William Petrie (electrical engineer)

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William Petrie
Born (1821-01-21)21 January 1821
King's Langley, Hertfordshire, on 21 January 1821
Died 16 March 1908(1908-03-16) (aged 87)
Bromley, Kent
Education South African College
Spouse(s) Anne Flinders
Children William Matthew Flinders Petrie
Scientific career
Fields Electrical engineer
Institutions Johnson, Matthey & Co.

William Petrie (1821–1908) was an English electrical engineer, known for the development of the arc lamp.

Life

Born at King's Langley, Hertfordshire, on 21 January 1821, he was eldest of four sons of William Petrie (born 1784), a War Office official, and his wife Margaret Mitton, daughter of the banker Henry Mitton, of the Chase, Enfield. In 1829 his father was sent to the Cape of Good Hope, where he acted until 1837 as deputy commissary-general, with as neighbour Sir John Herschel, the astronomer, who was a significant influence on the younger William Petrie's interest in science. After home education in Cape Town, Petrie, with his brother Martin, entered the South African College.[1]

In 1836 Petrie became a medical student at Cape Town Hospital, but next year the family returned to London and he went to King's College, London. Later (1840) he studied electromagnetism in Frankfurt. He returned to England in 1841, and took out a patent for an electric generator.[1][2]

Staite-Petrie self-regulating arc lamp, 1847

From 1846 to 1853 Petrie worked on electric lighting problems with William Edwards Staite. He is credited with the invention in 1847–8 of a self-regulating arc lamp, with an automatic movement of one electrode. He superintended the manufacture of the new lamp at Charles Holtzapffel's works in Long Acre, London. On 28 November and 2 December 1848 Petrie made displays with a lamp of 700 candlepower from the portico of the National Gallery, and on nights in 1849 from the Hungerford suspension bridge in London. The demonstrations were witnessed by Charles Wheatstone, among other scientists.[1]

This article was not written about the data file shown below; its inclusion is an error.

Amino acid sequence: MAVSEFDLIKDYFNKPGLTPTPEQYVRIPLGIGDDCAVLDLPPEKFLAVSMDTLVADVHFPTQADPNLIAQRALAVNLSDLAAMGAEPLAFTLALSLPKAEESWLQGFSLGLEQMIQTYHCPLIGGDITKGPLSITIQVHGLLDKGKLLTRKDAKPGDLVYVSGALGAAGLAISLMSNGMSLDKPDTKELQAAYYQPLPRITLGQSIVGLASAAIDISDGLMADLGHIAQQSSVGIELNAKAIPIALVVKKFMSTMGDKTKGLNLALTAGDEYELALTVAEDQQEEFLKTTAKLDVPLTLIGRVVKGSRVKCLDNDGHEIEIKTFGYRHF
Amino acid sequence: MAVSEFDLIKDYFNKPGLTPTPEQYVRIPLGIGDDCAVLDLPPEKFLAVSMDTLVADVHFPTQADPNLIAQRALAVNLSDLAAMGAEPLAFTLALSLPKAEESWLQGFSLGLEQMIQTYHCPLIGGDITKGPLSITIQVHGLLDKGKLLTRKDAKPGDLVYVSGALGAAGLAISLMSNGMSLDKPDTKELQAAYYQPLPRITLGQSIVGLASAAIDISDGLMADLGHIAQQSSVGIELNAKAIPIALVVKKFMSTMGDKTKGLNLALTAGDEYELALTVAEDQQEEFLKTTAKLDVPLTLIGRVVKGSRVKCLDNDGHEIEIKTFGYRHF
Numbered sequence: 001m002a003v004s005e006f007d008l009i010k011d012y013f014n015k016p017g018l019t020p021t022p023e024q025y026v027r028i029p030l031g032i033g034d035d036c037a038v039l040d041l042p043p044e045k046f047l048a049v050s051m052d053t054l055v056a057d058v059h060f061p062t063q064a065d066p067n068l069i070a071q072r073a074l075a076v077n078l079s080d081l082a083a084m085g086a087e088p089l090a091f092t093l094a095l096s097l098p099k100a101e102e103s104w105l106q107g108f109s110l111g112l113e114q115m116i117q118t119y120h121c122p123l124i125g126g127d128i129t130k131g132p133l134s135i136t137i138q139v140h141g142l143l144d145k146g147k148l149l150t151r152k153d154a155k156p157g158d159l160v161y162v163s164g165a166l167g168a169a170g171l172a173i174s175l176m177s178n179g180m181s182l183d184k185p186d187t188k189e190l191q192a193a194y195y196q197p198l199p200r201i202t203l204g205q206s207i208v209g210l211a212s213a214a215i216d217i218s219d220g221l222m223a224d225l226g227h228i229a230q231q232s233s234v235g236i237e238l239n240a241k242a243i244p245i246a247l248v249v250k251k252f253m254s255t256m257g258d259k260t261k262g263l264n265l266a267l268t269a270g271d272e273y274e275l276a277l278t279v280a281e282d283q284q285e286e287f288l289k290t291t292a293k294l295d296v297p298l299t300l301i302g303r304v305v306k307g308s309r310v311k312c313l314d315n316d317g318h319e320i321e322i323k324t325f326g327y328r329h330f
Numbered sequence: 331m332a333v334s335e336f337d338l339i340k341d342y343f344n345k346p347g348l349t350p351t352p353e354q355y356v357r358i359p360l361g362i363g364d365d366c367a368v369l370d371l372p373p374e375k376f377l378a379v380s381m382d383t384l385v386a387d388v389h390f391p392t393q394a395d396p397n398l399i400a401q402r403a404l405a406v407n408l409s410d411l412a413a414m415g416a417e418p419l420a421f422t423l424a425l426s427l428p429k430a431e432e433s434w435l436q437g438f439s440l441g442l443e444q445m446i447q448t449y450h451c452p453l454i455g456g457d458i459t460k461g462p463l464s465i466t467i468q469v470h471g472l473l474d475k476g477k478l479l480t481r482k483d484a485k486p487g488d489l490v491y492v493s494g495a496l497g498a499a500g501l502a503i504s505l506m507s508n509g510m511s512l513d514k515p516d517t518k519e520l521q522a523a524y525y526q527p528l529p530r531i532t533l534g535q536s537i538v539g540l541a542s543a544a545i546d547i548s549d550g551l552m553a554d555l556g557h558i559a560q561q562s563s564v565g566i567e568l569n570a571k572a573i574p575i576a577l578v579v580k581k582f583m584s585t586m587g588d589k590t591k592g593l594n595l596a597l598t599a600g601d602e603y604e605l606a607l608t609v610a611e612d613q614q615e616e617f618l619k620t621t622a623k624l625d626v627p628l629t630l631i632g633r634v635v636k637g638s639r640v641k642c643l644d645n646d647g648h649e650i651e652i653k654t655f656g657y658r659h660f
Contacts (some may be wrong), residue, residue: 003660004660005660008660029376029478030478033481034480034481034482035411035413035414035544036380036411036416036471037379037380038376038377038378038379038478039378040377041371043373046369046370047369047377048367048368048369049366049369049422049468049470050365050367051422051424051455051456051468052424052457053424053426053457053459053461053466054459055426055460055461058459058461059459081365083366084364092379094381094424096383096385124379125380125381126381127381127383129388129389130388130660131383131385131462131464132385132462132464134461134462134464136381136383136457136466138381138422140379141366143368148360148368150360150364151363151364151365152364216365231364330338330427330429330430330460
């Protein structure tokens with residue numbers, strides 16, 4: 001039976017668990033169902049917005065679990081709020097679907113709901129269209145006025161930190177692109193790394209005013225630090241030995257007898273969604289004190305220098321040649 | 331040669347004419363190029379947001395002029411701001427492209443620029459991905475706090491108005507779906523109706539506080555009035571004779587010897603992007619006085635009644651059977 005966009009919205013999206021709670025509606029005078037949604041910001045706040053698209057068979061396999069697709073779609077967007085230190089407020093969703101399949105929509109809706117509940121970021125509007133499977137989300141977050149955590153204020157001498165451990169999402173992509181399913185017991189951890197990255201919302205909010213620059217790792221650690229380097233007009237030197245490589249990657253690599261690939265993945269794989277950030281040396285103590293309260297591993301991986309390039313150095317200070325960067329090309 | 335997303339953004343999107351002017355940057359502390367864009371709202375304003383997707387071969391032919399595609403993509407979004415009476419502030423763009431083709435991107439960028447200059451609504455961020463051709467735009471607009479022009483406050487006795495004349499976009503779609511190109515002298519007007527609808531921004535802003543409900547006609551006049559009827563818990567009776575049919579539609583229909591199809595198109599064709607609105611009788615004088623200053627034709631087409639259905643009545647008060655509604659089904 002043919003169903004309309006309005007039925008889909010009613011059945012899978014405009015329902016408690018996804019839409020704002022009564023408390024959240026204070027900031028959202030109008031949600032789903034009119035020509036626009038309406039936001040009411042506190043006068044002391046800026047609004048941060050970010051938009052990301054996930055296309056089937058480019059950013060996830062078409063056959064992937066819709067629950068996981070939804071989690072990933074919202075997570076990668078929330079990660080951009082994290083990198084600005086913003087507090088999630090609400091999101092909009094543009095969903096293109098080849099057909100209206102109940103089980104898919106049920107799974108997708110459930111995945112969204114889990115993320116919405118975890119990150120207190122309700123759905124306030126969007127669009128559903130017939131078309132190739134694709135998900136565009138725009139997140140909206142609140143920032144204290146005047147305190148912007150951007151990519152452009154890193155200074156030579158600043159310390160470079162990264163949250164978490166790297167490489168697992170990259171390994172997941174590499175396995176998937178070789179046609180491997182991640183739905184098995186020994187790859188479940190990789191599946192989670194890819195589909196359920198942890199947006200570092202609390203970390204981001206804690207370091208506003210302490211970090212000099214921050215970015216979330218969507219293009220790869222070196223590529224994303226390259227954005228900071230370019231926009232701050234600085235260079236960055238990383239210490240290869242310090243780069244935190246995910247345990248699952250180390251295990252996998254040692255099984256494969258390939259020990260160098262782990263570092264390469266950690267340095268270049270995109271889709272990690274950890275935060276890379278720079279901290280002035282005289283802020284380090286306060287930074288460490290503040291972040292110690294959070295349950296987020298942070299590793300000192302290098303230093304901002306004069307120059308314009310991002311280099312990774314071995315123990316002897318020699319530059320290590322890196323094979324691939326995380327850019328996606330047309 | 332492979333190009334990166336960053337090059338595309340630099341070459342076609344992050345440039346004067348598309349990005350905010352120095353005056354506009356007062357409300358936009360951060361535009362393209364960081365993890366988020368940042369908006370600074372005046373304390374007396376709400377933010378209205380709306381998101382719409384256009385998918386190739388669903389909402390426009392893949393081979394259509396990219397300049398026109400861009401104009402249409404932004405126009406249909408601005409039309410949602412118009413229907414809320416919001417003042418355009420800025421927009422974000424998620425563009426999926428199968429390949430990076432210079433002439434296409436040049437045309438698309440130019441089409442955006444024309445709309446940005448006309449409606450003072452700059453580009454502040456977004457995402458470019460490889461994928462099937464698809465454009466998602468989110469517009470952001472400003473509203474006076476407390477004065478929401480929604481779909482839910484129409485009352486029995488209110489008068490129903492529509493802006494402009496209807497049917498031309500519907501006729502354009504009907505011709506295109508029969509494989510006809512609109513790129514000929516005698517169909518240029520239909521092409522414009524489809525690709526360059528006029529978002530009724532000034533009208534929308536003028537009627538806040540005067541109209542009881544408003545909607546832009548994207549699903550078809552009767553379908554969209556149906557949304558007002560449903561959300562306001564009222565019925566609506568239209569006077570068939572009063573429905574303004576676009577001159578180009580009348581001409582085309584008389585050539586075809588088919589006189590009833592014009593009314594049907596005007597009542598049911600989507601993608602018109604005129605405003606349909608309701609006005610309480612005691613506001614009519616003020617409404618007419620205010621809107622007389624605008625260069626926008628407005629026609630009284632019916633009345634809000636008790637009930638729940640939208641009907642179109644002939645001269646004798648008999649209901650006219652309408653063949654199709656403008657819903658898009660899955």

Petrie and Staite's efforts to promote electric illumination were, however, financially disastrous, absent better generators. Subsequently Petrie turned his attention to electrochemistry, and superintended large chemical works; he introduced into the processes improvements which he patented. He also designed and equipped chemical works in France, Australia, and the United States. For many years he was adviser and designer with Johnson, Matthey & Co..[1][2]

Petrie died on 16 March 1908 at Bromley, Kent, and was buried there.[1]

Works

Petrie published papers:[1]

  • Results of some Experiments in Electricity and Magnetism (1841), in the Philosophical Magazine;
  • On the Results of an Extensive Series of Magnetic Investigations, including most of the known Varieties of Steel, communicated at the British Association's Southampton meeting of 1846; and papers presented to the Association in 1850;
  • Improvements in the Electric Light, with William Edwards Staite, read before the Society of Arts on 6 February 1850.

Family

Petrie married on 2 August 1851 Anne Flinders, only child of Matthew Flinders. She was a linguist, and studied Egyptology. Under the pseudonym "Philomathes" she published a work on the relation between mythology and scripture, and as "X.Q." contributed essays to periodical literature. Their only child was William Matthew Flinders Petrie the Egyptologist.[1]

Notes

  1. ^ a b c d e f g  Lee, Sidney, ed. (1912). "Petrie, William". Dictionary of National Biography, 1912 supplement​. 3. London: Smith, Elder & Co. 
  2. ^ a b Bowers, Brian. "Petrie, William". Oxford Dictionary of National Biography (online ed.). Oxford University Press. doi:10.1093/ref:odnb/35495.  (Subscription or UK public library membership required.)

External links

Attribution

 This article incorporates text from a publication now in the public domainLee, Sidney, ed. (1912). "Petrie, William". Dictionary of National Biography, 1912 supplement​. 3. London: Smith, Elder & Co. 

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